This was clearly an accelerating trend, so I felt confident predicting AI would discover at least one more drug fit for clinical trials in 2022. Happily for all sorts of patients, this was right. To give just one exciting example: In May, Insilico Medicine announced a candidate for Covid-19 treatment, and the company’s chief scientific officer Feng Ren said, “We are committed to progress the molecule as fast as possible into clinical trials evaluating its usage in Covid-19 treatment.” You can find more examples here. There are currently at least 23 new AI-assisted treatments in clinical trials. — SS
The Biden administration will set the social cost of carbon at $100 per ton or more (70 percent) — PARTIALLY RIGHT
This one’s tricky. The social cost of carbon (SCC) is a measure, in dollars, of how much economic damage results from emitting 1 ton of carbon dioxide — and there’s good reason to think we’ve been radically underestimating it. The Biden administration has been using $51 as an interim SCC, but with many experts saying it should be at least double that, I was reasonably confident the administration would set it at $100 or more when it finished studying the matter and released its final determination.
That determination was supposed to come out from the Interagency Working Group in January 2022, but we are still waiting for the official word, to the frustration of many. However, the EPA did propose increasing the SCC to $190. And the EPA is part of the Interagency Working Group. It’s a good indication of where the thinking is at. For now, I’ll mark this partially right. —SS
2022 will be warmer than 2021 (80 percent) — PROBABLY RIGHT
An unfortunate consequence of global warming: Betting that a given year will be warmer than the last is generally an easy win, unless the previous year was a record-breaking scorcher. 2021 wasn’t, so I felt safe in guessing 2022 would surpass it, and indeed it did: 2022 appears to be on track to be the sixth-warmest year on record. All of the 10 warmest years ever to be recorded have happened since 2005. And while much of the world is making progress on a transition away from carbon-emitting fuels, at our current pace it’ll be safe to keep on betting on unusually warm years. —KP
Culture and sport
Kenneth Branagh’s Belfast will win Best Picture (55 percent) — WRONG
As of January 1, 2022, the betting sites bet365, BetMGM, and Betfair all listed Belfast, Kenneth Branagh’s film à clef about growing up in the titular Northern Ireland city during the Troubles, as their favorite to win Best Picture, though none of them gave it odds as high as I did. In retrospect the bookies were right, and the category was simply not predictable enough for probabilities like 55 percent to make sense.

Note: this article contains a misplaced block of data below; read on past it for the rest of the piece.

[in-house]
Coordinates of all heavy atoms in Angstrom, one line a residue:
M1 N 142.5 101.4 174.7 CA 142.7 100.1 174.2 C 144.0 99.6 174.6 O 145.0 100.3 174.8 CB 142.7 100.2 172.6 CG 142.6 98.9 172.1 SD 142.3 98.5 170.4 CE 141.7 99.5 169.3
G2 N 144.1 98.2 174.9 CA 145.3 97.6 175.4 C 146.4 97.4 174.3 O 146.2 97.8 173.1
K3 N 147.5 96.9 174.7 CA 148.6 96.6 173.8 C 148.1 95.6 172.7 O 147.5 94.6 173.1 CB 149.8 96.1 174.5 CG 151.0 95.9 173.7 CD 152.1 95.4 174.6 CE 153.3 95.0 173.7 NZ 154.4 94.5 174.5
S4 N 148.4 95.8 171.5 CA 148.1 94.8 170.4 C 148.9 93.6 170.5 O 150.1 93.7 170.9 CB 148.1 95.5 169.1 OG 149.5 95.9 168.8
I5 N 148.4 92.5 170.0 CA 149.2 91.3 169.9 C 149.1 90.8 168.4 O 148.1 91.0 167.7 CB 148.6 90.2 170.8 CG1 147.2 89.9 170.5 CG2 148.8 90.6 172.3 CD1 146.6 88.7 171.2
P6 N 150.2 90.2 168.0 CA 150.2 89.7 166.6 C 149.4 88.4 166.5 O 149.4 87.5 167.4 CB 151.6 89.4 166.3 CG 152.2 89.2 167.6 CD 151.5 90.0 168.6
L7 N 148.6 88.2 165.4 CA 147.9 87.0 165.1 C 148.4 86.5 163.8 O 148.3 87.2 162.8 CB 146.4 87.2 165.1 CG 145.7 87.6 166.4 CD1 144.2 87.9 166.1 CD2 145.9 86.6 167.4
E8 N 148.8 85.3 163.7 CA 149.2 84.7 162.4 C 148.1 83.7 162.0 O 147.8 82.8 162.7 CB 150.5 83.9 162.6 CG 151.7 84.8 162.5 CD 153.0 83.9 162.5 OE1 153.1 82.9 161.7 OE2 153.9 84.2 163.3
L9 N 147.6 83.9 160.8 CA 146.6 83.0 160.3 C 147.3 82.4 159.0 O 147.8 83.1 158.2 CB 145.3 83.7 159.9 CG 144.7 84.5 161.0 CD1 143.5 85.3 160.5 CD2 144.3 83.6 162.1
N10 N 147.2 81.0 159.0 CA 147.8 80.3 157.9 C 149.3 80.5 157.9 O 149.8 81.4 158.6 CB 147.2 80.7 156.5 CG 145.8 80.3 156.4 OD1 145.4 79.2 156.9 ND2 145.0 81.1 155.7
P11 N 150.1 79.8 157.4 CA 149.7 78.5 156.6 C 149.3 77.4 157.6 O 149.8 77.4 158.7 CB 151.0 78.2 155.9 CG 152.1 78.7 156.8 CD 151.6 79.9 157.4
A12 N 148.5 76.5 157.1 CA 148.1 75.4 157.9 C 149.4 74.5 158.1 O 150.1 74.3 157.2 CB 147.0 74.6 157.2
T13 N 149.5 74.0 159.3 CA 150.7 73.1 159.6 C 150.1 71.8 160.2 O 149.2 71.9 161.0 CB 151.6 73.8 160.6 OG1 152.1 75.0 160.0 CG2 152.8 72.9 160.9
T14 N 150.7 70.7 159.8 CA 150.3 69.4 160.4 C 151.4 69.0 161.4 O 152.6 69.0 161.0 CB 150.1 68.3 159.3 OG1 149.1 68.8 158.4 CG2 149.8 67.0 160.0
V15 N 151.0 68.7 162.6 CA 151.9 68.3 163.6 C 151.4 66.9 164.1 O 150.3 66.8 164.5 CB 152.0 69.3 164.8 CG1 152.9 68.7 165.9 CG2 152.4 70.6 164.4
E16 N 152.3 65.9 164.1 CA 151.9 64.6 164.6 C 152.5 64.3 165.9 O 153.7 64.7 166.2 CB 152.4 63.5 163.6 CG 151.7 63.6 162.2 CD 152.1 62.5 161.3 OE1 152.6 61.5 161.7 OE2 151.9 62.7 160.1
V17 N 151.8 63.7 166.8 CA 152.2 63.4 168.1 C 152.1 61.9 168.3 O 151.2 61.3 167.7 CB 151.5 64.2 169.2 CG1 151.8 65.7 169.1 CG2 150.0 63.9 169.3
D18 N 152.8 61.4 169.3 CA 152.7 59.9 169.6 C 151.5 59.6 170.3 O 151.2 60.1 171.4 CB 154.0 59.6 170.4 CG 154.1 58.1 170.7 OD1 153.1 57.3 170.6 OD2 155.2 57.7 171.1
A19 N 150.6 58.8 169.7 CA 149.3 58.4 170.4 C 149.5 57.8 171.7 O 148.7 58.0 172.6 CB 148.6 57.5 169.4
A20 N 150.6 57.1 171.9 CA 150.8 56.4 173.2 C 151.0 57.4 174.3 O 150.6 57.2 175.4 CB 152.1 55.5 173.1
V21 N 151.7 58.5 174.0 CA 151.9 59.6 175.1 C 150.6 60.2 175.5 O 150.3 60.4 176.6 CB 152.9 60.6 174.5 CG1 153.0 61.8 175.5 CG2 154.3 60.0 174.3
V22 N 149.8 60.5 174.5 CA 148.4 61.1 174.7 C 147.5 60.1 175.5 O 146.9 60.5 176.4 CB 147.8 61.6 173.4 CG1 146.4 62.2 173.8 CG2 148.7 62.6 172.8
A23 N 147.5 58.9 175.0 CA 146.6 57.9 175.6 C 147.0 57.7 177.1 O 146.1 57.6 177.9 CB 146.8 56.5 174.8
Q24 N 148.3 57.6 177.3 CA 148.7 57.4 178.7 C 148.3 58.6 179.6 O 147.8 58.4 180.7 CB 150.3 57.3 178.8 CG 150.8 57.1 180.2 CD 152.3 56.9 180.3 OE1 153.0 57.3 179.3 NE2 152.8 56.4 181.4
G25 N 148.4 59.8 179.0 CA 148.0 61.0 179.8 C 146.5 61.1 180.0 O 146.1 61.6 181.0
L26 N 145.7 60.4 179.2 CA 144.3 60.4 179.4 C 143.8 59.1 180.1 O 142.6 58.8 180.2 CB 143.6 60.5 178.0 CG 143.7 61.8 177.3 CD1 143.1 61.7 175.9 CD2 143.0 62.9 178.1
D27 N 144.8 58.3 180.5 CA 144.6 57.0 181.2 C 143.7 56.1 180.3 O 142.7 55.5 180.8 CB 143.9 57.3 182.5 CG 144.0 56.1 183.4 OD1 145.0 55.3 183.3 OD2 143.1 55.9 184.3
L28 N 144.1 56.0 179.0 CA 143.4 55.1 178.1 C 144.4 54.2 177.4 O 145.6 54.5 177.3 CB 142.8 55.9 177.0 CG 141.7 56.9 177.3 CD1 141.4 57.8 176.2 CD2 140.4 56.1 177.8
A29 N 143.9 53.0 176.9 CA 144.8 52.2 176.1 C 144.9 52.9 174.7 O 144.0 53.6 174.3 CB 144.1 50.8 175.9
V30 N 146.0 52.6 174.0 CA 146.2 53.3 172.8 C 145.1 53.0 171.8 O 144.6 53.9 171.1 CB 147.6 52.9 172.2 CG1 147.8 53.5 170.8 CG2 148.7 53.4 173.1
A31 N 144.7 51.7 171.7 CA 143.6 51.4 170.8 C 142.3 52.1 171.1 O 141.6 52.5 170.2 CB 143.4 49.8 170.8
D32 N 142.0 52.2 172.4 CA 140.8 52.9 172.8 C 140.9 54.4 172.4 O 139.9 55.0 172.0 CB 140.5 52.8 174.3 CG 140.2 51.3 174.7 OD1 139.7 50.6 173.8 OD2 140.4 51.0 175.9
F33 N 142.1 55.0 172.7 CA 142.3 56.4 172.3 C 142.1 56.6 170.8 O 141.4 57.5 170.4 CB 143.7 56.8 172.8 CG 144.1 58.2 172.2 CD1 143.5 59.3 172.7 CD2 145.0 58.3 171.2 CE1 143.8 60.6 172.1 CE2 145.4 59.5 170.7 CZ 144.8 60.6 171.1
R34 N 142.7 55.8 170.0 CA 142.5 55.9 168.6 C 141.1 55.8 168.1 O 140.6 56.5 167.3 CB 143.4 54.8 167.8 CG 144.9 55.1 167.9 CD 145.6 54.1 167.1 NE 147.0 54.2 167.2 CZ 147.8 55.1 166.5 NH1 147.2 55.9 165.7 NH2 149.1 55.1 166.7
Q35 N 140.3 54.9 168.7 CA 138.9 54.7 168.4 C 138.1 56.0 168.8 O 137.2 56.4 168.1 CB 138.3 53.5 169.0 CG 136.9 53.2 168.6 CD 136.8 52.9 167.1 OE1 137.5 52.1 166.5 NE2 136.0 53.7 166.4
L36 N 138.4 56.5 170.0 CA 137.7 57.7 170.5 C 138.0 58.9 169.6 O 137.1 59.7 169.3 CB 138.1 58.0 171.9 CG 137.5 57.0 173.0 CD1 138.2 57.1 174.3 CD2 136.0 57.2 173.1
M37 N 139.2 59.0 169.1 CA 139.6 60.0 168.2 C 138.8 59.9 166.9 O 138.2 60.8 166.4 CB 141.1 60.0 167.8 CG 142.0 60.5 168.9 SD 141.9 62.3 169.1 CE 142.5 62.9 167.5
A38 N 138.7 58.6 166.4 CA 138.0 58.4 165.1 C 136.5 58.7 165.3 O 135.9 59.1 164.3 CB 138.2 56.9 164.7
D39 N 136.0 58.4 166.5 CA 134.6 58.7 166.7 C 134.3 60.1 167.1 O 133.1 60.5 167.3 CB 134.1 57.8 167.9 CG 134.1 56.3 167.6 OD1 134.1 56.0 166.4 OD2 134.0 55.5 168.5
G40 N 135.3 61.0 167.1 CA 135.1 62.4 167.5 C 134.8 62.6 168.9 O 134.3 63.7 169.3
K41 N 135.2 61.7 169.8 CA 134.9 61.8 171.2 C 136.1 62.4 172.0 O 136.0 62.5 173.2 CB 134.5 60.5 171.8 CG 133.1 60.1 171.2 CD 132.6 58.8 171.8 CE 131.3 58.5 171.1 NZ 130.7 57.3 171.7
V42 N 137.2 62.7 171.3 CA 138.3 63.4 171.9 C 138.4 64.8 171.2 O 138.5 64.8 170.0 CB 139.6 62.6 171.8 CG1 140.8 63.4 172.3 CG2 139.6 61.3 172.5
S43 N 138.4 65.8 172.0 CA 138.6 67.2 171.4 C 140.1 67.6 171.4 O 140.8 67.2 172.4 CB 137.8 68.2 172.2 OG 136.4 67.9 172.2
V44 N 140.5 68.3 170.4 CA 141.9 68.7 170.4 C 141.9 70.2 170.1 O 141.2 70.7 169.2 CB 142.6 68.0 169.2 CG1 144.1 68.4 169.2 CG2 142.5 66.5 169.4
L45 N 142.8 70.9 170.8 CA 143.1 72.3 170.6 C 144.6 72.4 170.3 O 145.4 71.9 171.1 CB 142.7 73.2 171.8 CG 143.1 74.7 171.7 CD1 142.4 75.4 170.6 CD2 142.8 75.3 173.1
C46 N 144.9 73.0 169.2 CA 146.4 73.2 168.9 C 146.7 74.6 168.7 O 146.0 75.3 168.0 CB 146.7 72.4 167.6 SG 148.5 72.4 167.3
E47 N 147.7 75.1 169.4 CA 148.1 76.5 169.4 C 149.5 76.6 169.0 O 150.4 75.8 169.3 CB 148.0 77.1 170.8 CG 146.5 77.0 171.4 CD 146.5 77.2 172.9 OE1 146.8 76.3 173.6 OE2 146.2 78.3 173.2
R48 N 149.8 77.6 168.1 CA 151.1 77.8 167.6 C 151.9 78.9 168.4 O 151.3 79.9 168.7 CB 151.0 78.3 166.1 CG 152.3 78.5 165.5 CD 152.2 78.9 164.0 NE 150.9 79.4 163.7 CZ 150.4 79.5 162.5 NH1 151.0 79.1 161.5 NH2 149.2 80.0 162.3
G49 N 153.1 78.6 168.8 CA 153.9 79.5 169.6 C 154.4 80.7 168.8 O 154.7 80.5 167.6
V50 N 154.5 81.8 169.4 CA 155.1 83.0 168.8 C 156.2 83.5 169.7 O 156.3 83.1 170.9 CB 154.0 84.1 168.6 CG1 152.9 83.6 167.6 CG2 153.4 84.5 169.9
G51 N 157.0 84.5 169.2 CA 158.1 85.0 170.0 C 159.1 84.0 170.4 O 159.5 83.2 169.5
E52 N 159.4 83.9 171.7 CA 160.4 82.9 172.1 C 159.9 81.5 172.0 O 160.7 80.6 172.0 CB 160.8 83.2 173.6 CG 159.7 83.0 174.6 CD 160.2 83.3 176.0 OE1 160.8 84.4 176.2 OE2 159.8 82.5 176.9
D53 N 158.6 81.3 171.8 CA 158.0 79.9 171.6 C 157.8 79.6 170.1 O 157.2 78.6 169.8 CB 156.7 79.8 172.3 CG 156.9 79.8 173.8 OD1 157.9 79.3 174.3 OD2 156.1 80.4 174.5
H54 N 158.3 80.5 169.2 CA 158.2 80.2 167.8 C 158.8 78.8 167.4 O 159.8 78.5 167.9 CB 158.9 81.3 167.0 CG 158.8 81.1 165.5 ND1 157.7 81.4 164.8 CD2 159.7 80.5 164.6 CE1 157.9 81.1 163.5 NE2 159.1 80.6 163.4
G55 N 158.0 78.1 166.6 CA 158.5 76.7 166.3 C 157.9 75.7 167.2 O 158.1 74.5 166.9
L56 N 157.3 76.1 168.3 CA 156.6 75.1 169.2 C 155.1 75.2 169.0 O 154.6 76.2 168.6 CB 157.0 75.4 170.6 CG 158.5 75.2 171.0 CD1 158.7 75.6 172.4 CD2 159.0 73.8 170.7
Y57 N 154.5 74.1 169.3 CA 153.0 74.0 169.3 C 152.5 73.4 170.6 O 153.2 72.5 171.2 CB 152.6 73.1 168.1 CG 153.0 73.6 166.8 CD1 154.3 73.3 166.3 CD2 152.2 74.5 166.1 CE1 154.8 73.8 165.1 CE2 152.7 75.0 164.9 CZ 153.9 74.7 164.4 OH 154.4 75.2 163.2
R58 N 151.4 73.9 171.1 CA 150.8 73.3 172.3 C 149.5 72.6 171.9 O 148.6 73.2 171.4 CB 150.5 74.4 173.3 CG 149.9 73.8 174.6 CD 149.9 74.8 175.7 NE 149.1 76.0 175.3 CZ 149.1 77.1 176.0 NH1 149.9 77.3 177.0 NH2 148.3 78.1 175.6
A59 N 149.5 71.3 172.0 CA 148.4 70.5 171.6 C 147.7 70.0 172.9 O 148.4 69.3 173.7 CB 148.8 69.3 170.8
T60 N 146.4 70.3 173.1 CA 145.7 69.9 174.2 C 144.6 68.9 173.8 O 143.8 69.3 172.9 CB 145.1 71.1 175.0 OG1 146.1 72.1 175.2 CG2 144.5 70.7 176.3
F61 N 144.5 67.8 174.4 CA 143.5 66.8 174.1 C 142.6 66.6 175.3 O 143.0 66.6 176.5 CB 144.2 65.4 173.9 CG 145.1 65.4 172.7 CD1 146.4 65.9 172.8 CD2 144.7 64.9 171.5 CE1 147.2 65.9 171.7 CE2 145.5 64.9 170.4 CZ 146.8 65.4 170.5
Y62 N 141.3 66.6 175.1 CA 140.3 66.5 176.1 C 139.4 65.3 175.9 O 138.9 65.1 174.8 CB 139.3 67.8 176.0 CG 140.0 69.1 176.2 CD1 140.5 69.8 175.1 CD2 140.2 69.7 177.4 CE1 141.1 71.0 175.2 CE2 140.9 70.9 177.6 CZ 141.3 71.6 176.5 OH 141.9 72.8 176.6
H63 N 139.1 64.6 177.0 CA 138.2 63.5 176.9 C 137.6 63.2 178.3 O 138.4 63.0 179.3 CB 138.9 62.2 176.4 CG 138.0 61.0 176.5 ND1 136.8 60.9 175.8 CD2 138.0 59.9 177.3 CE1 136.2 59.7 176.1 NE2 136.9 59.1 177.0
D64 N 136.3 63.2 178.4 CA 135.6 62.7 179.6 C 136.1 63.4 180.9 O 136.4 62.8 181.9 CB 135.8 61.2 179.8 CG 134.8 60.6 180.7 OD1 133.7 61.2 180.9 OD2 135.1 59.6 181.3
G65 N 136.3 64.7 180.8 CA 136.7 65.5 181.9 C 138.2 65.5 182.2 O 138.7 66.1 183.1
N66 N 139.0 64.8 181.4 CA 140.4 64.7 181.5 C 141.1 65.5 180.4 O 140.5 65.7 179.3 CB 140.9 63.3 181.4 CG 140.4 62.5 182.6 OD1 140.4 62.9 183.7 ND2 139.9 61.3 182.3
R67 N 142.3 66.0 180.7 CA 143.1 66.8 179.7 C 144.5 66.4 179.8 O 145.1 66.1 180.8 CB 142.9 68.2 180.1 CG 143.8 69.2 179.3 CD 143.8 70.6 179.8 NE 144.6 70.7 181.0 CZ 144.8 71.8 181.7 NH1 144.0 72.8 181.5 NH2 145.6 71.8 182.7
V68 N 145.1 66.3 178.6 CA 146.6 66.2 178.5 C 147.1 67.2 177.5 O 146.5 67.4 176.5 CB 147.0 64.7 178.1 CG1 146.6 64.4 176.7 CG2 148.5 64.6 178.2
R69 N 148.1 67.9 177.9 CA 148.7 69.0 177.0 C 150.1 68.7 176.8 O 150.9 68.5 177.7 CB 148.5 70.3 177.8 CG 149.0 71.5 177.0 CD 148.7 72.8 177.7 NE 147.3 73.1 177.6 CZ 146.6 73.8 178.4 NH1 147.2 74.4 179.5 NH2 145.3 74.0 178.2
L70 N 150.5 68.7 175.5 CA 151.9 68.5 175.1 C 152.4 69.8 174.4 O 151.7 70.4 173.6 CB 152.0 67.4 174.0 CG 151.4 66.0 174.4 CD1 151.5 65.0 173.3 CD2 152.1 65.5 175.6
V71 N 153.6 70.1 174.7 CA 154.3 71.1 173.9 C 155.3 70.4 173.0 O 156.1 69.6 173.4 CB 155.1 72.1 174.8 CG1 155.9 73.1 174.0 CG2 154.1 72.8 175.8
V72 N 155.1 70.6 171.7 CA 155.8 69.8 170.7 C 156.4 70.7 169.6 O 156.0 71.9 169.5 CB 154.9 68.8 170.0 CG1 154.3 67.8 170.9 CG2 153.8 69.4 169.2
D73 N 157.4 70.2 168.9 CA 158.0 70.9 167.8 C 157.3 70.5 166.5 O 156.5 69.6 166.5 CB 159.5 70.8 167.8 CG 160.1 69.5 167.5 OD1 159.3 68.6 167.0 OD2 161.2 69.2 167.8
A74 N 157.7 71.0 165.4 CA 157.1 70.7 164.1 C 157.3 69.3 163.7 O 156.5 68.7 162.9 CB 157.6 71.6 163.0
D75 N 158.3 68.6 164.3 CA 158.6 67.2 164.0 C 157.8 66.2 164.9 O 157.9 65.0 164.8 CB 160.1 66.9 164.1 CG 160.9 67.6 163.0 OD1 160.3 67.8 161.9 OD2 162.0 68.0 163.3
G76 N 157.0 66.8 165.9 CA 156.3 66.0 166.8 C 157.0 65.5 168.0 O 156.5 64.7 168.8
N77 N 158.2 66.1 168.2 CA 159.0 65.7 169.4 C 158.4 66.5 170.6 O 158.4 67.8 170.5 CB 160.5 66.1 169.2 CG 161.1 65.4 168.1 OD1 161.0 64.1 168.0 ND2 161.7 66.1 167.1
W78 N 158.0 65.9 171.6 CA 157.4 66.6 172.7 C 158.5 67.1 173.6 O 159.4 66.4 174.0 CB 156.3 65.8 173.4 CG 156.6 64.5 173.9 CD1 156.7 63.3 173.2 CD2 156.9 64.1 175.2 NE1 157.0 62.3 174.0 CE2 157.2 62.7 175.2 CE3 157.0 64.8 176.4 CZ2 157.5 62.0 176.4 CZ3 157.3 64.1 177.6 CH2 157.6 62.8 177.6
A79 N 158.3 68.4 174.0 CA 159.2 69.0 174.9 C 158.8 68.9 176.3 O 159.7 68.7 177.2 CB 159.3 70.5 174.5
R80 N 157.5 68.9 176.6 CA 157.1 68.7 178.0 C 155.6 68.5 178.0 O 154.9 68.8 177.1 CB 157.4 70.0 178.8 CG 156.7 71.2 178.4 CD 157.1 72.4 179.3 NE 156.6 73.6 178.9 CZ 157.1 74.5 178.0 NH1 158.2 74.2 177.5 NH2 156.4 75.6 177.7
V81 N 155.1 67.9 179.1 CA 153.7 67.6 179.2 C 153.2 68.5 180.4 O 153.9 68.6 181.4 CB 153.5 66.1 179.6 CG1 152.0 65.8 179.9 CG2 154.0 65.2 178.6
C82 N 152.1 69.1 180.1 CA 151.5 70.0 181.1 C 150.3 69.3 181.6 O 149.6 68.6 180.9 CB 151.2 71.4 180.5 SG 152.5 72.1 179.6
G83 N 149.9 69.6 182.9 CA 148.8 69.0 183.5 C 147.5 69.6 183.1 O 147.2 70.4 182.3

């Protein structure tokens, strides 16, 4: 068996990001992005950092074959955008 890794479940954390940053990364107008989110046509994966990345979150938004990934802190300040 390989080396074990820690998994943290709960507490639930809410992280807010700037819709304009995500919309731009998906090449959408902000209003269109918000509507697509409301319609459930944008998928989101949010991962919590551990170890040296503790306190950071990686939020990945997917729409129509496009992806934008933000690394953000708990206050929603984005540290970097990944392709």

My basic case for Belfast was that it was sappy middlebrow audience-pleasing fare and that the Academy loves that stuff. I was not wrong, I just picked the wrong sappy middlebrow audience-pleasing fare. It turns out that was CODA, the eventual underdog victor, while the revisionist Western The Power of the Dog was good enough to win Jane Campion a Best Director trophy, but too weird for the big prize. Branagh had to satisfy himself with a Best Original Screenplay win, his first Oscar in a very long career. —DM
Norway will win the most medals at the 2022 Winter Olympics (60 percent) — RIGHT
Gracenote, a division of Nielsen, predicts the Olympics by looking at recent results in non-Olympic competitions in various events, and it gave Norway a strong edge in the Beijing 2022 Winter Olympics, relative to their closest competitors, the awkwardly branded Russian Olympic Committee. I fully outsourced my prediction to Gracenote and it paid off beautifully: Norway got more medals (37) than any other country, and more golds (16) too. ROC was second on medals with 32, while Germany was second on golds with 12.
Not to get too political here, but one might fairly note that it’s odd Norway, a nation with 5.4 million people representing roughly 0.07 percent of the world’s population, received 11.3 percent of Winter Olympic medals and 14.7 percent of gold medals. It got 161 times as many medals as its population would suggest. What’s more, their medals came from objectively bizarre sports like biathlon (14 medals from the arctic drive-by shooting sport) and cross-country skiing (8 medals from the worst activity I’ve ever tried in my life) and Nordic combined (4; quick, tell me what Nordic combined is without googling).
I liked the 2021 Norwegian film The Worst Person in the World as much as anybody but this is absurd and the International Olympic Committee should take these smug Tesla-driving oilmongers down a peg or two. —DM
Additional research by Oshan Jarow, Julieta Cardenas, and Rachel DuRose.